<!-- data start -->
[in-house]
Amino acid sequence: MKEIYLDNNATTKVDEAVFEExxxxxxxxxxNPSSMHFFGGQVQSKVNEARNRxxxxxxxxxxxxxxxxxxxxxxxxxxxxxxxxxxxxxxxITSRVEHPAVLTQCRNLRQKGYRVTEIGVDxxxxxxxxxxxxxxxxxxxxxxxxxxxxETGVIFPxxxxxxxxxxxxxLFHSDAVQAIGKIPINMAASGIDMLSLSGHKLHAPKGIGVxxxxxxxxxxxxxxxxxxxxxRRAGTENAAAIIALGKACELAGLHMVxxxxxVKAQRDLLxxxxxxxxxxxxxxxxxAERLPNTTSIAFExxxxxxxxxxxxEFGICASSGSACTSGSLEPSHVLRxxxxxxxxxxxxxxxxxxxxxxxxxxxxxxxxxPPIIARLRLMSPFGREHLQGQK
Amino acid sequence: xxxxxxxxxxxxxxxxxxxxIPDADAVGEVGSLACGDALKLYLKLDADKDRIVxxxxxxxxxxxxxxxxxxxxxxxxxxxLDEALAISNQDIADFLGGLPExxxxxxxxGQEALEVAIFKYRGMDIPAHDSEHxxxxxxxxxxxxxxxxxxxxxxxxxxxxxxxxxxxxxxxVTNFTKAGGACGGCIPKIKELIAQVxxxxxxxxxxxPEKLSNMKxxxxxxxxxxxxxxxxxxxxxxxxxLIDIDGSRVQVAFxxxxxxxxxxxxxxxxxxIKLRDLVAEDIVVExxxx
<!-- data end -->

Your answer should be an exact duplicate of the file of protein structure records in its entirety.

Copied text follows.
[in-house]
Amino acid sequence: MKEIYLDNNATTKVDEAVFEExxxxxxxxxxNPSSMHFFGGQVQSKVNEARNRxxxxxxxxxxxxxxxxxxxxxxxxxxxxxxxxxxxxxxxITSRVEHPAVLTQCRNLRQKGYRVTEIGVDxxxxxxxxxxxxxxxxxxxxxxxxxxxxETGVIFPxxxxxxxxxxxxxLFHSDAVQAIGKIPINMAASGIDMLSLSGHKLHAPKGIGVxxxxxxxxxxxxxxxxxxxxxRRAGTENAAAIIALGKACELAGLHMVxxxxxVKAQRDLLxxxxxxxxxxxxxxxxxAERLPNTTSIAFExxxxxxxxxxxxEFGICASSGSACTSGSLEPSHVLRxxxxxxxxxxxxxxxxxxxxxxxxxxxxxxxxxPPIIARLRLMSPFGREHLQGQK
Amino acid sequence: xxxxxxxxxxxxxxxxxxxxIPDADAVGEVGSLACGDALKLYLKLDADKDRIVxxxxxxxxxxxxxxxxxxxxxxxxxxxLDEALAISNQDIADFLGGLPExxxxxxxxGQEALEVAIFKYRGMDIPAHDSEHxxxxxxxxxxxxxxxxxxxxxxxxxxxxxxxxxxxxxxxVTNFTKAGGACGGCIPKIKELIAQVxxxxxxxxxxxPEKLSNMKxxxxxxxxxxxxxxxxxxxxxxxxxLIDIDGSRVQVAFxxxxxxxxxxxxxxxxxxIKLRDLVAEDIVVExxxx